Communication hubs encourage collaboration, sharing, and socialization among workers. Hubs allow workers to quickly engage and target the right people, whether they need to share content across the organization, discuss new user interface concepts with small groups, or send out information to the entire workforce. Users must be able to send instant messages to one recipient or an entire group.
5. Detailed Org Charts
If used correctly, org charts can be useful and encourage cooperation and innovation. Workers should have easy access to an intranet that provides a clear and concise organizational chart. It should include contact information, competencies, resources, as well as contact details. Searches by department, individual, geographical area, talent, or department must be possible. Administrators have the right to control what material is displayed to workers.
6. Simple Updates/Changes
Regular maintenance and updates are necessary for any intranet to ensure that it is accurate and useful. It shouldn't take too much time or be difficult to add a picture or modify the material. Many systems require technical expertise to accomplish these tasks, which is surprising considering how many of them are complex. The intranet should have an easy edit function for making changes and updating.
7. Announcements and News
An intranet is used by most companies to share internal information such as news articles. An intranet should have content creation tools that are as easy to use as the best content management systems. Text editing, image uploading, launch date selection, social media sharing, commenting, and "like" capabilities are key features.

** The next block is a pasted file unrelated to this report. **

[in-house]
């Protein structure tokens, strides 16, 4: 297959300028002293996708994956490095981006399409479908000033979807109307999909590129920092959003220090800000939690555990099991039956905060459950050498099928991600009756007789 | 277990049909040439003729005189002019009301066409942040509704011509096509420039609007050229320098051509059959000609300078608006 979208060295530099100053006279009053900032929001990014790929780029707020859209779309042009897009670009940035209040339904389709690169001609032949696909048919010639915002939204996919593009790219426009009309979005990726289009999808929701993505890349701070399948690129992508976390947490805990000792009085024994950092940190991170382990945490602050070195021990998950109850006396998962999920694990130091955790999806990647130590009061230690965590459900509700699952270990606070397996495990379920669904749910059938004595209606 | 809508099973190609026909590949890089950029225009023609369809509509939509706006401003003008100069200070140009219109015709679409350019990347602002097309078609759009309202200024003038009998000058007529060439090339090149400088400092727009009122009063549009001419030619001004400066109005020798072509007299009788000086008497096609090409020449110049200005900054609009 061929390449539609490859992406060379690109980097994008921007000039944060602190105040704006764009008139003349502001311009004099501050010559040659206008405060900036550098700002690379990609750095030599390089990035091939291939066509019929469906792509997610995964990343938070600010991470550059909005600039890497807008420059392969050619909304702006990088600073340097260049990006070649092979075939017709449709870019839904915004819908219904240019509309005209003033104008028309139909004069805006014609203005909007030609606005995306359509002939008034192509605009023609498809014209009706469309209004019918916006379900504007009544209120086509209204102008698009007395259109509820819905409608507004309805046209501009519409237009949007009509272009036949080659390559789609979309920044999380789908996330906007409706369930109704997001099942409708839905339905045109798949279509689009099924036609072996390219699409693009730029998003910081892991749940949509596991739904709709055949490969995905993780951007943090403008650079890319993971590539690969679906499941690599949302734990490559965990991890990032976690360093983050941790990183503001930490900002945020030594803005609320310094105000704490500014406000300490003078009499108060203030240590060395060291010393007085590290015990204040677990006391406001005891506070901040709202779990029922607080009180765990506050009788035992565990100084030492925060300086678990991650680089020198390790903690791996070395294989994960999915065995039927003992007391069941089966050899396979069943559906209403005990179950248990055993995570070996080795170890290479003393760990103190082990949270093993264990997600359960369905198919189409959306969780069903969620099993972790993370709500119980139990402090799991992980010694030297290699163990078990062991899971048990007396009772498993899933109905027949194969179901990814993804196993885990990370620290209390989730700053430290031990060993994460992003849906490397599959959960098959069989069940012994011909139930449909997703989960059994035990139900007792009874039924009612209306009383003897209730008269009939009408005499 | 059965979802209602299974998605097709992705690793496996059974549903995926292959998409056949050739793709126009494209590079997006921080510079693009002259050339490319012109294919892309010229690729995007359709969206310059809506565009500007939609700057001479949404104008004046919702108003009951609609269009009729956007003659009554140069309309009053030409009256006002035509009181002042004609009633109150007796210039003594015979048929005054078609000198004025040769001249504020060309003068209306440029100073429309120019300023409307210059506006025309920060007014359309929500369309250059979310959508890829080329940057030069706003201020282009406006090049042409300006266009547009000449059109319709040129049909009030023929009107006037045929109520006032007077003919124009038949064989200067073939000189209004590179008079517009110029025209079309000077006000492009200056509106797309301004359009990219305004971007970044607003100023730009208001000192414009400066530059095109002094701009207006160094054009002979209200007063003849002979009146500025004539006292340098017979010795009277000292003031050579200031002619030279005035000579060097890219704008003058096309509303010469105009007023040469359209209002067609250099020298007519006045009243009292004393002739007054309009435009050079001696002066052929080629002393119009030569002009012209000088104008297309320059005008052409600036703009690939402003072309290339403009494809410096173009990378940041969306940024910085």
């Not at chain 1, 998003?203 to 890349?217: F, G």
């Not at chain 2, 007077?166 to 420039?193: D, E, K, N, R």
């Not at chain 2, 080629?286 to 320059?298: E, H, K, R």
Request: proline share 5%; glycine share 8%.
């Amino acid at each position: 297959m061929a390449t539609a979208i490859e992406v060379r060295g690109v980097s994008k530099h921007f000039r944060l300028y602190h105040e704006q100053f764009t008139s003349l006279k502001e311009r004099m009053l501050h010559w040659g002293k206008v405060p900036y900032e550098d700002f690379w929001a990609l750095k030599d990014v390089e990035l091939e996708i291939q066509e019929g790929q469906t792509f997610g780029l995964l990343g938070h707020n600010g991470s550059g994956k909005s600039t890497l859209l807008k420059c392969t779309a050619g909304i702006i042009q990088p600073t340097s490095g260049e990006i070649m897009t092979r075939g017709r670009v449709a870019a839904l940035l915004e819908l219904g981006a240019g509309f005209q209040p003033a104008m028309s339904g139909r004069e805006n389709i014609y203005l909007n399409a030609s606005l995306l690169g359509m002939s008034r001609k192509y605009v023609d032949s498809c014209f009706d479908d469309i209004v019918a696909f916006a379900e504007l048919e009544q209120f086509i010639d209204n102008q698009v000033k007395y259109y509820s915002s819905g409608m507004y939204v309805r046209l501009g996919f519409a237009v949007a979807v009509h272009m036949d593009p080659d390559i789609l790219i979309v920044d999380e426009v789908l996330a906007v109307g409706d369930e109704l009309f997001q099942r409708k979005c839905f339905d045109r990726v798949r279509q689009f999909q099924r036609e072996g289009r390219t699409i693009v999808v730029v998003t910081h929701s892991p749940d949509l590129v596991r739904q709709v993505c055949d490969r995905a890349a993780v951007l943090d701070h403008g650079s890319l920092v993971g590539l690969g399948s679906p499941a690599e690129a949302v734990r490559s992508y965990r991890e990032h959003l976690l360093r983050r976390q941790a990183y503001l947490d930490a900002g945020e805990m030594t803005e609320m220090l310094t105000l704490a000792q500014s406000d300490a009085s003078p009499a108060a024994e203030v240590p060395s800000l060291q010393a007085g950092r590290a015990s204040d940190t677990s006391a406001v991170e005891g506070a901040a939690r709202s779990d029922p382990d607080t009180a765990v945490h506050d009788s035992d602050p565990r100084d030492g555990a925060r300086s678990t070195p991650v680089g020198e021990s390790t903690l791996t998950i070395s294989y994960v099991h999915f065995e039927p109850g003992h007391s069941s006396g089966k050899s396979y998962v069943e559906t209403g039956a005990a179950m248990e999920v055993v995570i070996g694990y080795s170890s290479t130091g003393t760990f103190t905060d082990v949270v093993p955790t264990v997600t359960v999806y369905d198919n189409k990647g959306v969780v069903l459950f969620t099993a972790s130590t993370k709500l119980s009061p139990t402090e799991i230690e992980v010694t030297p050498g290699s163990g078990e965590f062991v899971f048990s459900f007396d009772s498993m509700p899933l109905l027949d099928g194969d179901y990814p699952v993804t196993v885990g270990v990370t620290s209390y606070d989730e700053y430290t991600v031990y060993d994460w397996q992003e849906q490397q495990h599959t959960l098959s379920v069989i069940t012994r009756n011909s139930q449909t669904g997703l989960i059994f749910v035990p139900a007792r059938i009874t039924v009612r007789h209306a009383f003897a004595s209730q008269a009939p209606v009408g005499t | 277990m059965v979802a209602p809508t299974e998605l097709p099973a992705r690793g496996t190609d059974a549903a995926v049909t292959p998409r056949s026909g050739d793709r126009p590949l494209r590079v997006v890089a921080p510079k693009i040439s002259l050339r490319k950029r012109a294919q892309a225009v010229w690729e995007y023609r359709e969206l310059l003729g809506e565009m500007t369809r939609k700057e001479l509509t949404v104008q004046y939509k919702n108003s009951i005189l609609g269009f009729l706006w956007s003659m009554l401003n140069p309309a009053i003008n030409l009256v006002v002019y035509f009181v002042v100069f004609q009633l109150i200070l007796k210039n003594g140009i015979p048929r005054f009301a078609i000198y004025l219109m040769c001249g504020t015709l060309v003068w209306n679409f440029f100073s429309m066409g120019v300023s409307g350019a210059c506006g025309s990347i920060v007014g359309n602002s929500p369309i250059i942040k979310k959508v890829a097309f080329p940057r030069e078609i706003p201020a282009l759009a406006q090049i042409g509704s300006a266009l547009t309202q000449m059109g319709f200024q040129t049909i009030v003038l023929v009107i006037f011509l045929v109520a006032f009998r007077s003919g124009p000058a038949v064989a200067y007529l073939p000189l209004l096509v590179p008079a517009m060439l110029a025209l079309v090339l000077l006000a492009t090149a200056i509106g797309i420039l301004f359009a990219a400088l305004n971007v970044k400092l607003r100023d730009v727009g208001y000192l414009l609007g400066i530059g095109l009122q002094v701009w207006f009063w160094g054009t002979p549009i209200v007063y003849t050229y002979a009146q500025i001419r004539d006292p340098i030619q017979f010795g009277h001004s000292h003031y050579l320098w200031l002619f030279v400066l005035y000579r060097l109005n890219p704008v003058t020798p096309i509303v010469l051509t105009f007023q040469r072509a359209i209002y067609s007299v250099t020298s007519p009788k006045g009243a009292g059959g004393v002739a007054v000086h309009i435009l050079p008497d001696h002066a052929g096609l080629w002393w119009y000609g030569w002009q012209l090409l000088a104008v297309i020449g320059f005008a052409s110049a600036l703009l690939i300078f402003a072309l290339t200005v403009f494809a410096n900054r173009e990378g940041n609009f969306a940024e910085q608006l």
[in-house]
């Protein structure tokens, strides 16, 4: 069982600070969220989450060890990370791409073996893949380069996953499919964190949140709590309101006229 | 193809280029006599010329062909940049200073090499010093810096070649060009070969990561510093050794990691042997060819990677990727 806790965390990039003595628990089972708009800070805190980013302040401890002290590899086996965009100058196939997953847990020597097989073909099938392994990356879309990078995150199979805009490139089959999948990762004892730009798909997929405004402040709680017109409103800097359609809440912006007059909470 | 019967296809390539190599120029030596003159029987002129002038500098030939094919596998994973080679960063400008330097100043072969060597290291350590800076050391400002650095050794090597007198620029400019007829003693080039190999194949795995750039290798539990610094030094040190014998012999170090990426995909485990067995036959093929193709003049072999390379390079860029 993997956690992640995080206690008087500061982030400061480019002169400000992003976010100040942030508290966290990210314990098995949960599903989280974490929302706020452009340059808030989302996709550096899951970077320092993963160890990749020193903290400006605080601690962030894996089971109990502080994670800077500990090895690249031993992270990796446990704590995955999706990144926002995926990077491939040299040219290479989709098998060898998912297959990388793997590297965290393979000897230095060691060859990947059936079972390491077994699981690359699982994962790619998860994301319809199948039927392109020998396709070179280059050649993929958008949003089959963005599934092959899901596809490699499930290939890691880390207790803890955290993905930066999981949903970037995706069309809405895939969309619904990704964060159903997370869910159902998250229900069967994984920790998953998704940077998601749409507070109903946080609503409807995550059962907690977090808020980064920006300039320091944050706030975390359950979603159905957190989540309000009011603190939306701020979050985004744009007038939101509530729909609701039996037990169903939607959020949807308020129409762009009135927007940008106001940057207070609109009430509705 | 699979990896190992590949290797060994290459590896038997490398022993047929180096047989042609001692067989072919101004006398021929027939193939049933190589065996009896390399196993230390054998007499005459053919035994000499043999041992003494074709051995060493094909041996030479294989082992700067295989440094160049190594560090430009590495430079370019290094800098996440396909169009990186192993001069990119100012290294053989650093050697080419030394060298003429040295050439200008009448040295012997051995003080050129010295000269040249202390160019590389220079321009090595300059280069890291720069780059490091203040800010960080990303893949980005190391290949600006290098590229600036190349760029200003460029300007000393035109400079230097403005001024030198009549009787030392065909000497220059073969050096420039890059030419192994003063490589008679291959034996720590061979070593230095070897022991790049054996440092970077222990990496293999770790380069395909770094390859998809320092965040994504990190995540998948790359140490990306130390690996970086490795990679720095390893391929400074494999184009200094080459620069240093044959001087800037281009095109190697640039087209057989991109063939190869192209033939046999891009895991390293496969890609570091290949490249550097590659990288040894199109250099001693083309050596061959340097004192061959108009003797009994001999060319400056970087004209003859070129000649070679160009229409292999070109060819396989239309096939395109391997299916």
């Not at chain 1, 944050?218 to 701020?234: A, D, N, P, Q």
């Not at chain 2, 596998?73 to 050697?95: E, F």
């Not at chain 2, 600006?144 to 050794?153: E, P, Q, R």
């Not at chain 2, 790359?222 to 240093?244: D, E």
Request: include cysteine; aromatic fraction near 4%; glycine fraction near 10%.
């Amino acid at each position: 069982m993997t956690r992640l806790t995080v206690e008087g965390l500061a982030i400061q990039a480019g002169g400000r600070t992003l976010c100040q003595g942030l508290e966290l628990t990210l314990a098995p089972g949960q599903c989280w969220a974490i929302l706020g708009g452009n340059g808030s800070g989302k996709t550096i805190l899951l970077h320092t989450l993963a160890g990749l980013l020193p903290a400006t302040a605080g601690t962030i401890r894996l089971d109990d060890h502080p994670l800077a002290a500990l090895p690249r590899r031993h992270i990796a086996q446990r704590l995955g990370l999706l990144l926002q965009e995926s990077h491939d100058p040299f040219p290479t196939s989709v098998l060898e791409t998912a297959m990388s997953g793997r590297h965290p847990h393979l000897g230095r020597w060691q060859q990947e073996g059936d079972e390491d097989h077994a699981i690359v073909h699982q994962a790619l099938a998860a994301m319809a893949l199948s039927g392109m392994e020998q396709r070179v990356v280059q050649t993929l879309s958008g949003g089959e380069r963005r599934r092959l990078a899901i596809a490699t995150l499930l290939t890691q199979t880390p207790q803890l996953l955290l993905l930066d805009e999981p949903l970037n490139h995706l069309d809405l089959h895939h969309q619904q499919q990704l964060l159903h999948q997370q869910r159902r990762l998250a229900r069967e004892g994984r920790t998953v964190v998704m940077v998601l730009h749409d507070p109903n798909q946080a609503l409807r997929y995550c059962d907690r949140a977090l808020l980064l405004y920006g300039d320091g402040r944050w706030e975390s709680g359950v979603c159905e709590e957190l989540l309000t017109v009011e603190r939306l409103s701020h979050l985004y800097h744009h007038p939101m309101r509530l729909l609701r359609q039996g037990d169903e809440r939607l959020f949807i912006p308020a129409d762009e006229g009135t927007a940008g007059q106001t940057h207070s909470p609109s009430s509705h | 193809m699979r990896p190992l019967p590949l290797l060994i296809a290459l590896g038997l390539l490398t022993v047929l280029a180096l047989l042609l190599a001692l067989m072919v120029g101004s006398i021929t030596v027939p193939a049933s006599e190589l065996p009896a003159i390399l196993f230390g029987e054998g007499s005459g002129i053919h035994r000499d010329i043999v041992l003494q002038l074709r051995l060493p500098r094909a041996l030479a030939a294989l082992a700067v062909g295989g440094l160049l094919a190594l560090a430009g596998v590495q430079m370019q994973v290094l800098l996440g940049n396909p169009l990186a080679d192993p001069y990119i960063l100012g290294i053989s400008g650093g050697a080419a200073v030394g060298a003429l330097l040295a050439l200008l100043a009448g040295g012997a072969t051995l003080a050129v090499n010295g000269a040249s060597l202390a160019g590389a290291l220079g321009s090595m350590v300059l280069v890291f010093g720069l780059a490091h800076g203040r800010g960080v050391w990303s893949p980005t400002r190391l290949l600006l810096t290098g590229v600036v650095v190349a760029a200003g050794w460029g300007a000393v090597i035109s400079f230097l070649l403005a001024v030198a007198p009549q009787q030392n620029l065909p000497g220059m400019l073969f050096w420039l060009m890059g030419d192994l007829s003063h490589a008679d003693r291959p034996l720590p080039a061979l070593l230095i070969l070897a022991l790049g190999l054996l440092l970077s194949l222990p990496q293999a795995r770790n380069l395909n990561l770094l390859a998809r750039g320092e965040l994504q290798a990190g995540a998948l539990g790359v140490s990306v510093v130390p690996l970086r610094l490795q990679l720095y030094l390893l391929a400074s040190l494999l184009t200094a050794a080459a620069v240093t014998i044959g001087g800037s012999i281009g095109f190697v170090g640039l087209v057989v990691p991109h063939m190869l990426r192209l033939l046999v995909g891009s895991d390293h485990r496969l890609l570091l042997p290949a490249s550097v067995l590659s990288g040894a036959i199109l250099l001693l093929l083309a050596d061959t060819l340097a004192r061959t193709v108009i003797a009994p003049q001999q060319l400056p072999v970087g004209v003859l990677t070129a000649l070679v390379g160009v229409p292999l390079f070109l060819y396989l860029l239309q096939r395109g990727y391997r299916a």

8. Responsive Design for Mobile
Mobile-centric culture has made intranet access easier for workers. The responsive design implementation allows for quick intranet access on smartphones and other mobile devices. This results in a great user experience. Workers can access the intranet from any device, which allows them to respond quickly. It allows workers to communicate and consume information more easily.
9. Centralized File Management
Although it may not be as appealing as some other features, effective file management is vital for workers. It makes administrative tasks easier, like finding paperwork and important information. Intranets can be plagued by outdated documents. To prevent this, make sure that your file management software allows you to assign ownership rights to certain users.
10. Social Media-Like Homepage
Because they often serve as the entry point to intranet material, and sometimes the whole digital workplace, the homepage for an intranet is crucial. A homepage must be appealing and visually pleasing to maintain its traction. It should also aggregate messages and provide links and navigation to information and systems that workers require.
11. Automation of Workflow
Some duties, despite being commonplace, slow employees down. You should look for a business intranet that can automate and streamline many of these repetitive tasks. Although tasks such as document approval, task creation, and duty assignment are not time-consuming, they can add up over time. The more you automate workflows, the more your users can devote their efforts to other important aspects of their tasks.